While the stakers are the validators themselves (in case they are selected) in PoS networks, stakeholders in the DPoS model outsource the validation of the blocks to a number of delegates.

The delegates – also referred to as witnesses – secure the blockchain system on behalf of the stakeholders, while being responsible for ensuring consensus in the network during the validation of new blocks.

DPoS blockchain networks utilize a democratic voting system, in which the stakeholders cast their votes on the delegates who will present an individual proposal to the stakeholders to secure their votes.

While the voting power is based on the amount of coins network participants have locked up in their wallets, the rewards of a successful block validation are shared between the delegates and the stakeholders who have elected them.

As a result of this process, DPoS allows for better screening of block validators as stakeholders will cast their votes based on their reputation. Also, stakeholders can expel or replace misbehaving or non-efficient delegates with other witnesses anytime.

Unlike in PoW and PoS systems, validators are not competing with each other in DPoS networks. Instead, they are working together to generate and validate new blocks.

While the collaboration-specific focus of this consensus algorithm allows blockchains to achieve fast speed and high scalability – in addition to being energy-efficient like PoS systems –, the structure of the network also comes with a higher level of centralization.

Furthermore, EOS – one of the most popular blockchain networks that utilizes DPoS – is facing issues that allow stakeholders locking down large amounts of cryptocurrency to cast their votes on themselves, highlighting a vulnerability within Delegated Proof-of-Stake systems.

Proof-of-Authority (PoA)

PoA blockchain examples: DockToken, VeChain, POA.Network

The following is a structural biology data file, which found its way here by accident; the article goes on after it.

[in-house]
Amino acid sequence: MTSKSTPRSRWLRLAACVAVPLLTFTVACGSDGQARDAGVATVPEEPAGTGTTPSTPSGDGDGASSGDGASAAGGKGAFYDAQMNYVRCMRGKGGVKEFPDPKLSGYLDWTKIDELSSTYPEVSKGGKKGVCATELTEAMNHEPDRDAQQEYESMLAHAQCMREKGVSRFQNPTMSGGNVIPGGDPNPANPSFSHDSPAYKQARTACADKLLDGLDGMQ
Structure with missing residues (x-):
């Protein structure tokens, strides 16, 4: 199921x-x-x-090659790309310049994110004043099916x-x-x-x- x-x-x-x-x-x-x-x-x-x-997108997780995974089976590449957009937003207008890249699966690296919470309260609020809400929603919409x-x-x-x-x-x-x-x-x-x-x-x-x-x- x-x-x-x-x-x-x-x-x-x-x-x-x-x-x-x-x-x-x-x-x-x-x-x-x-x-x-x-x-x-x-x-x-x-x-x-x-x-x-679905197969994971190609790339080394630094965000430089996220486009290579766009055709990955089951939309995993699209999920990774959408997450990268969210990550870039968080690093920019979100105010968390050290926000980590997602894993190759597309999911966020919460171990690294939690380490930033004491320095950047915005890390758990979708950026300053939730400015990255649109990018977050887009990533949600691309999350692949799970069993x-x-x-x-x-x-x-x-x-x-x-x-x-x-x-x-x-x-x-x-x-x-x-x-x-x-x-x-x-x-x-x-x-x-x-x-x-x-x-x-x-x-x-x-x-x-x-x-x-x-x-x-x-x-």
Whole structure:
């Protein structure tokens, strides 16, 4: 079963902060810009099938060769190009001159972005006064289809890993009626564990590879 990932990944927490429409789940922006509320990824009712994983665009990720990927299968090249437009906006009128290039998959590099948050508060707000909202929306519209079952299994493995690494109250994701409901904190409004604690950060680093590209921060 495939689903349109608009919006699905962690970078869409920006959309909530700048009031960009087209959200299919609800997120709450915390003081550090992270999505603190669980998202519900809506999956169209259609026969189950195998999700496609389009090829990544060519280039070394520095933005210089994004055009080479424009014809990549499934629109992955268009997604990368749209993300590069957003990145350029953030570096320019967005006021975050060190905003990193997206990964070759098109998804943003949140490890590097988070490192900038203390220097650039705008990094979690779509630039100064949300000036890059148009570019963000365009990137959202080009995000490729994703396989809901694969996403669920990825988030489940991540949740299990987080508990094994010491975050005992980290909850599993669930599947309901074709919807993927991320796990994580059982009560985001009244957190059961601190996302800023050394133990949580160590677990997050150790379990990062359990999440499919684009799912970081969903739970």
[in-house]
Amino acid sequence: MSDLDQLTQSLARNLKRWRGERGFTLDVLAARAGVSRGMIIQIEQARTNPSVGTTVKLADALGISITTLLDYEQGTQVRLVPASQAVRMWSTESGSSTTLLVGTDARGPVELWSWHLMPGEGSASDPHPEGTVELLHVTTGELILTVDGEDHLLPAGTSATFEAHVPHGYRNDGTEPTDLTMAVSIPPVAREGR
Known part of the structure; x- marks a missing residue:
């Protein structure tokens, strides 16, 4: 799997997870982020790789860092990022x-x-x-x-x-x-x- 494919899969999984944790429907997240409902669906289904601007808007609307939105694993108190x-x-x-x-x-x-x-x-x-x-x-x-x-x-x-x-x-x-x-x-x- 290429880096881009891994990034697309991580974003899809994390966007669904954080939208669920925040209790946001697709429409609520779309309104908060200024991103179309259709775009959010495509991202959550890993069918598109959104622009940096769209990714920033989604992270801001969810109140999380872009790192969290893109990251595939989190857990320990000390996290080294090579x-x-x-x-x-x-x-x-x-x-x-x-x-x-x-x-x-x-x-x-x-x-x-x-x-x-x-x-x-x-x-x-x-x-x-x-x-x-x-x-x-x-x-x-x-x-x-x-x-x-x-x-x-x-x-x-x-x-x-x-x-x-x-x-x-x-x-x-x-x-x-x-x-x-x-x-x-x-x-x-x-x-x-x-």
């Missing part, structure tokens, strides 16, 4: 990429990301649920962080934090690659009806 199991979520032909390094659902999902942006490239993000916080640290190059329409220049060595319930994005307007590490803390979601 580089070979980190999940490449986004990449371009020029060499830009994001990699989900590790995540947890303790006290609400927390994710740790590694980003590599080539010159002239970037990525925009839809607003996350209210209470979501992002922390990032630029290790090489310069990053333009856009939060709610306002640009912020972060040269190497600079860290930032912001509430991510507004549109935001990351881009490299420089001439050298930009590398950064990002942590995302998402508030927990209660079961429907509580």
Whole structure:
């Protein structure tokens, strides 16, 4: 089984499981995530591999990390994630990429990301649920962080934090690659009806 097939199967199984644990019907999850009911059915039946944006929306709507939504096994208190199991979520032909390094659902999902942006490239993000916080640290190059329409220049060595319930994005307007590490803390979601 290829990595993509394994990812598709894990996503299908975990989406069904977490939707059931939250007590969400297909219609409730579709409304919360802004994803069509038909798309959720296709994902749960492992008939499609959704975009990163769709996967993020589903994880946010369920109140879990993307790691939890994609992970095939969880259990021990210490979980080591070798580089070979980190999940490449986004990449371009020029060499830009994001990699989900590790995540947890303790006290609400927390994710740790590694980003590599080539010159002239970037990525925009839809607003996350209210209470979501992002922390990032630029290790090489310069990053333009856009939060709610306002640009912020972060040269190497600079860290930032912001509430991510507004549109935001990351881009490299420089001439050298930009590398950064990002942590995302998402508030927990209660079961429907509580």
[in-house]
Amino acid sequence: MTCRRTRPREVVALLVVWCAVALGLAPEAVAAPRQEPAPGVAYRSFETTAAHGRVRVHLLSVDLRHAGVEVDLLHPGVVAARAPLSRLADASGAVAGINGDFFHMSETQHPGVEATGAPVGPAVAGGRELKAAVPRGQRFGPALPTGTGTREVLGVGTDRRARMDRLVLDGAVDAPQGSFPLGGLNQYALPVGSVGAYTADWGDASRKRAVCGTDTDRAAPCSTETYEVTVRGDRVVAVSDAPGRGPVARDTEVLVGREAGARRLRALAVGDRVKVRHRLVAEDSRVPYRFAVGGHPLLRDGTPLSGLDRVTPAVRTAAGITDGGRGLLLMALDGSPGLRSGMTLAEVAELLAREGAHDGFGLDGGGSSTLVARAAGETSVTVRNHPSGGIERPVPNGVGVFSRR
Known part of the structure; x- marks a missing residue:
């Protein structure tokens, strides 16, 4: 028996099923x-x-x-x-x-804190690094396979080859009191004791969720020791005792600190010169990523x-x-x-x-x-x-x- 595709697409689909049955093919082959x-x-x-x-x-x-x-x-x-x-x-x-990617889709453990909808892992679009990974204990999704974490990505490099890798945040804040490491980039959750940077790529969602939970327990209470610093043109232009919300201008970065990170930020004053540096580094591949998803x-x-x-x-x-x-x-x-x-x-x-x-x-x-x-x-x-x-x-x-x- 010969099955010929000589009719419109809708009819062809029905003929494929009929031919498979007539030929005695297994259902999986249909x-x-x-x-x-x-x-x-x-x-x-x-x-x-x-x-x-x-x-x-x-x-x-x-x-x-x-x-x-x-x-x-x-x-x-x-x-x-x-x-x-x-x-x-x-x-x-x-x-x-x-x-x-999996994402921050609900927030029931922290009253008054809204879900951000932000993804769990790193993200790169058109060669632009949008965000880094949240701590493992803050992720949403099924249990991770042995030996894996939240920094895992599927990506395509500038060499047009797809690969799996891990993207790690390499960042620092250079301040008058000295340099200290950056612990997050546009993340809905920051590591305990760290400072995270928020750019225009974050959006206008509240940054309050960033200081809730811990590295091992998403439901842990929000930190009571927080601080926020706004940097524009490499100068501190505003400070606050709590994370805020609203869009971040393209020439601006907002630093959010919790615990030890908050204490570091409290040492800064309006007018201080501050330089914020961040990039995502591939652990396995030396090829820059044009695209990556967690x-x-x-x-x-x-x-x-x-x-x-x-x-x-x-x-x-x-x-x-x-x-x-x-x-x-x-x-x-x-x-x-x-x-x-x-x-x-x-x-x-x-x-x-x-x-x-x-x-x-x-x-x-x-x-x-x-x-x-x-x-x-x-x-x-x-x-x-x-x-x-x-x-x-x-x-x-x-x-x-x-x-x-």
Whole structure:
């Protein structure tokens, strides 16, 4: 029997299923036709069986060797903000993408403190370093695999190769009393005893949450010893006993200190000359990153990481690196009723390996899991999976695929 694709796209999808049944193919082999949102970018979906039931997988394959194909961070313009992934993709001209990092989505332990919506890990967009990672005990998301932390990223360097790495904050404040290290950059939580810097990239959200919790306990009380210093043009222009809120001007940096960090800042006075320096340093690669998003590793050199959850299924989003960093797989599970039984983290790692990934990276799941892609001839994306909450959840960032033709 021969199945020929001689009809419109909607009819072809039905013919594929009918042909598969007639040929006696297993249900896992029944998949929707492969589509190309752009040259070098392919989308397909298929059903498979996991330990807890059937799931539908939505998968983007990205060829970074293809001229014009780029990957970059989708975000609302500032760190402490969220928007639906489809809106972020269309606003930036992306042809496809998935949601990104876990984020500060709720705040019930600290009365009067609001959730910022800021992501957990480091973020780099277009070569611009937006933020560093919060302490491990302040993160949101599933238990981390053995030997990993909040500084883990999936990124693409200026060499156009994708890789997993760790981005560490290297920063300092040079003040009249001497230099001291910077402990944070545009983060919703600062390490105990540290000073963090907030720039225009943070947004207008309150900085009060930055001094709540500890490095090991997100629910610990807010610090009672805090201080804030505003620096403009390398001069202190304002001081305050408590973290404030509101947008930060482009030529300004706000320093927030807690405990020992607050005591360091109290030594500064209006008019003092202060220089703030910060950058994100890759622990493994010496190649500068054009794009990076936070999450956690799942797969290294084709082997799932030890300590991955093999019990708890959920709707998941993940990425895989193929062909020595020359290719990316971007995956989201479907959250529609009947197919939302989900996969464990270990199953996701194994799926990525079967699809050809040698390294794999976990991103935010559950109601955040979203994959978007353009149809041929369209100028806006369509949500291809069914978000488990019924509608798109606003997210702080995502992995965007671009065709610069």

Proof-of-Authority is a unique consensus mechanism that uses a reputation-based model to validate transactions and generate blocks.

Originally proposed by Ethereum co-founder and former CTO Gavin Wood, instead of using their cryptocurrency funds, validators within PoA blockchains stake their reputation by leveraging their real identities.

These trustworthy validators are pre-approved and selected by network participants to act as moderators of the system that are responsible for block verification and generation.

PoA blockchains make it difficult for candidates to become validators on purpose as they not only need to stake their reputation, but they also have to be willing to invest money to support the ecosystem.

This allows the network to eliminate validators that have a dubious reputation while incentivizing honest nodes for a long-term commitment.

However, for the consensus algorithm to work, network participants have to use the same standard method for all candidates to provide them equal chances of becoming validators.

As the number of validators is limited in PoA networks, the consensus mechanism allows the blockchain to achieve a high level of scalability.

Because of the same reason, PoA blockchains are highly centralized, which makes the consensus algorithm a good choice for private, permissioned chains for enterprise use but could raise some questions when utilized for distributed, permissionless systems.

In addition to the high level of centralization, the limitations of the consensus model include the lack of privacy as the identities of validators are visible to all participants within PoA blockchains, which could increase the chances of the third-party manipulation of nodes.

Consensus Algorithms Based on Byzantine Fault Tolerance (BFT)

Byzantine Fault Tolerance (BFT) is a feature of blockchain networks that helped to create the most interesting blockchain consensus mechanisms.

To understand BFT, let us present a logical dilemma to you, which has been frequently discussed in the distributed computing space.

The basic concept of the dilemma, called the Byzantine Generals' Problem, includes multiple generals of the Byzantine army that have surrounded a city in a siege.

Each general is located at a distance from the others, and they will have to communicate with each other to decide on their next move: to attack or retreat.

However, for their move to be successful, the generals have to reach a common consensus.

To achieve the above-mentioned, each general has to make a decision (attack or retreat), which can’t be changed later. Furthermore, all Byzantine generals have to agree on the same decision, which they will have to execute in a synchronized way.

The main issues of the generals include message delivery problems – as they have to use couriers to carry a message to the other generals, which could be delayed, lost, or destroyed – as well as malicious actors in case one of the leaders decides to send fraudulent information to confuse the other generals.

In terms of blockchain networks, the Byzantine generals represent the nodes (miners, delegates, stakeholders, etc.) that have to reach a consensus on the current state of the ecosystem and execute the same action to avoid failure.

However, to achieve this goal, the majority of the nodes have to act honestly as, in the opposite case, the network will be prone to attacks (e.g., 51% attacks) and failures.